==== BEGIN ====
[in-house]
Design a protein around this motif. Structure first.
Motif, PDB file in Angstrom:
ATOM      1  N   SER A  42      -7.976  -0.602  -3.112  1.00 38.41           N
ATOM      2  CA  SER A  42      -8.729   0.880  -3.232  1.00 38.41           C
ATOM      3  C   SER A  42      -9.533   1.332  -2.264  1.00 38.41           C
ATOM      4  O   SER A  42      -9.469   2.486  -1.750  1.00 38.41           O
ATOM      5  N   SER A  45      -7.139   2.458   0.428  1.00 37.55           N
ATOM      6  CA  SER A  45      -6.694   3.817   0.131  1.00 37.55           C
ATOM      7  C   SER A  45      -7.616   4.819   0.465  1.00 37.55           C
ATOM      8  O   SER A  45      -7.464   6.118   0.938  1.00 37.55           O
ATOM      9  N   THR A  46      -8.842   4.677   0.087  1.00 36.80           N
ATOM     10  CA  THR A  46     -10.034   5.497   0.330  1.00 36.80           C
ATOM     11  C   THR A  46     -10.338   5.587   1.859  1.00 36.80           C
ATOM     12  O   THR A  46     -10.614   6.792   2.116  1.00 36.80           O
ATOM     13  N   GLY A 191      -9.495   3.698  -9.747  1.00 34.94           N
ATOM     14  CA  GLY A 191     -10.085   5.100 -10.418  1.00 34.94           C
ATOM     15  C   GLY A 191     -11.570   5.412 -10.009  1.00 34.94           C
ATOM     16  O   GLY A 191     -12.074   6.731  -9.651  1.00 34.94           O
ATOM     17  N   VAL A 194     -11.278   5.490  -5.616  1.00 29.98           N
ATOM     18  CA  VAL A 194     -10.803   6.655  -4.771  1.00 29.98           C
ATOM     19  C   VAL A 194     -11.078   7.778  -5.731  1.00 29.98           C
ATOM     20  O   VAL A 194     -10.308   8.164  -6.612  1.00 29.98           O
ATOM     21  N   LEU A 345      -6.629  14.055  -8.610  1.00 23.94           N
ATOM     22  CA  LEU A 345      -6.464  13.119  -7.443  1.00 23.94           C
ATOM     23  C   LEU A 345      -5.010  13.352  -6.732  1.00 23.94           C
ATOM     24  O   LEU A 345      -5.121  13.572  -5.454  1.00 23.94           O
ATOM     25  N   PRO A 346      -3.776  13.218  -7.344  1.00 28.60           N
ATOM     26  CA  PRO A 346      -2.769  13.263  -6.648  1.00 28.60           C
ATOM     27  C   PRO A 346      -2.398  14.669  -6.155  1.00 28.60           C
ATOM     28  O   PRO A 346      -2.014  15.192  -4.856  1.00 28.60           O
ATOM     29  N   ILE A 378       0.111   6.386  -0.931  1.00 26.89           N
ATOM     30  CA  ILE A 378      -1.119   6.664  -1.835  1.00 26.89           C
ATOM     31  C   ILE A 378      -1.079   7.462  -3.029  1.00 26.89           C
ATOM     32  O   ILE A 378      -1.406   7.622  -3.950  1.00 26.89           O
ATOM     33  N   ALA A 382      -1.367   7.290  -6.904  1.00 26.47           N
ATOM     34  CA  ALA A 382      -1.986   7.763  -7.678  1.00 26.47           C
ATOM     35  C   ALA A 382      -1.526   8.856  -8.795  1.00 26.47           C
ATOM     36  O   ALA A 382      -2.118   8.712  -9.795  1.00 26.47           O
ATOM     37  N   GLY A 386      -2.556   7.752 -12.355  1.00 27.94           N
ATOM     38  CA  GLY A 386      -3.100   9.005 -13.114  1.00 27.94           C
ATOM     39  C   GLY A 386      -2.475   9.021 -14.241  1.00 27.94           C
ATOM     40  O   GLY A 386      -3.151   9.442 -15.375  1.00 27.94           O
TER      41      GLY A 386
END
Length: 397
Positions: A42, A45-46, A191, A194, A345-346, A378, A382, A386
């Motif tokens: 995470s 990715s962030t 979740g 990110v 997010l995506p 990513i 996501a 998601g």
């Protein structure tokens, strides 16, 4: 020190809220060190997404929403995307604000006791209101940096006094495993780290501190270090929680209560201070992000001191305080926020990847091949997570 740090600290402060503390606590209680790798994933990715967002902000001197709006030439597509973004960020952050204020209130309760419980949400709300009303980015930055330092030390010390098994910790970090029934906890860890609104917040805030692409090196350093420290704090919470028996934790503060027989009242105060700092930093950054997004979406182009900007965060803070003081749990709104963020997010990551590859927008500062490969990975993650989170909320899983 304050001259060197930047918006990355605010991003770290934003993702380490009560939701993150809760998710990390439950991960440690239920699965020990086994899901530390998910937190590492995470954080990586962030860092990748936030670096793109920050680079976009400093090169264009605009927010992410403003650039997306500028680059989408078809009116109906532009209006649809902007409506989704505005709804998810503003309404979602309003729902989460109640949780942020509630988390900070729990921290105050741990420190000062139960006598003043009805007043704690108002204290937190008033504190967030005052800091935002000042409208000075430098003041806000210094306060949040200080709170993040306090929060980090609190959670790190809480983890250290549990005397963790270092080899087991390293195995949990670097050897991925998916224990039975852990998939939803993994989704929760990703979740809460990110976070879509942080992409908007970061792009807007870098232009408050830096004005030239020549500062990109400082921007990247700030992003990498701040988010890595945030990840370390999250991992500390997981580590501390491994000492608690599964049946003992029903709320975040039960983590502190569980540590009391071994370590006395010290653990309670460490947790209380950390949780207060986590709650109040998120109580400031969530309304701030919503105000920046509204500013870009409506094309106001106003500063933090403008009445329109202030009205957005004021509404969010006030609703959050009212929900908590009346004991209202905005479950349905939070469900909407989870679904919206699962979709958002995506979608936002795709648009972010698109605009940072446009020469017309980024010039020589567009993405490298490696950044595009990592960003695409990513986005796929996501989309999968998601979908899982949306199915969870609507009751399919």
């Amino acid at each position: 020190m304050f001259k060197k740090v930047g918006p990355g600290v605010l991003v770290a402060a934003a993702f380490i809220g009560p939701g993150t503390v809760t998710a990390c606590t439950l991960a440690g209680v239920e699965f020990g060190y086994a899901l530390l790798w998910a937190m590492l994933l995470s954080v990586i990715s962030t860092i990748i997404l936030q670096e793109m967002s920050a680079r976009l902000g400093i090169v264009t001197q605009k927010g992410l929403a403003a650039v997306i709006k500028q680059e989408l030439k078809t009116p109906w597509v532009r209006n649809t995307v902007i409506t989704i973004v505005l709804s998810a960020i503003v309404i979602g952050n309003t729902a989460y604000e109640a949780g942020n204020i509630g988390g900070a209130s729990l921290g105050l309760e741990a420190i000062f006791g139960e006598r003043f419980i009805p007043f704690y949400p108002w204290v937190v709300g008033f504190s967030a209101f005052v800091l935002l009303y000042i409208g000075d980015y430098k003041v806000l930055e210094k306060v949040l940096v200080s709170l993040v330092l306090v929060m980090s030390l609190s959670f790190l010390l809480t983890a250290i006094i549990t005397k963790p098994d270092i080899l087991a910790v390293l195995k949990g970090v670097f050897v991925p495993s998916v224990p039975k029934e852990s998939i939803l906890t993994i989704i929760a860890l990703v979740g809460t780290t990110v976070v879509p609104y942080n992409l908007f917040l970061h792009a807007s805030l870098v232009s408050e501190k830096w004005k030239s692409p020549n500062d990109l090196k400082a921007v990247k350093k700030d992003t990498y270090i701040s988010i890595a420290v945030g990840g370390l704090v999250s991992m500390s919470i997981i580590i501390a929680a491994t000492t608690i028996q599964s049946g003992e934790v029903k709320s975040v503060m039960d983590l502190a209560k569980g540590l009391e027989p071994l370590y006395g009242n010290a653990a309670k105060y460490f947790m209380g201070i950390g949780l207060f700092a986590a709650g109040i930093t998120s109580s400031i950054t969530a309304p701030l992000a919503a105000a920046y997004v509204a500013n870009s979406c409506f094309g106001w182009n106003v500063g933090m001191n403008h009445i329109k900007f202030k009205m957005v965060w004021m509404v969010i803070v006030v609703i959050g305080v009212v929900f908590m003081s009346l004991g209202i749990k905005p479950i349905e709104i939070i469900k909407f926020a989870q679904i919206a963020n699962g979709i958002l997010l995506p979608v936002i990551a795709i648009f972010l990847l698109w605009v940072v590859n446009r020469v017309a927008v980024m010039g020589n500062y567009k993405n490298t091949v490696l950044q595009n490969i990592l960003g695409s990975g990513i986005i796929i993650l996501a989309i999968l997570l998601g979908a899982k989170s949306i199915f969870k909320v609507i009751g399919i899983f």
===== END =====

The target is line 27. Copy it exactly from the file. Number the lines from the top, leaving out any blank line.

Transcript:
ATOM     24  O   LEU A 345      -5.121  13.572  -5.454  1.00 23.94           O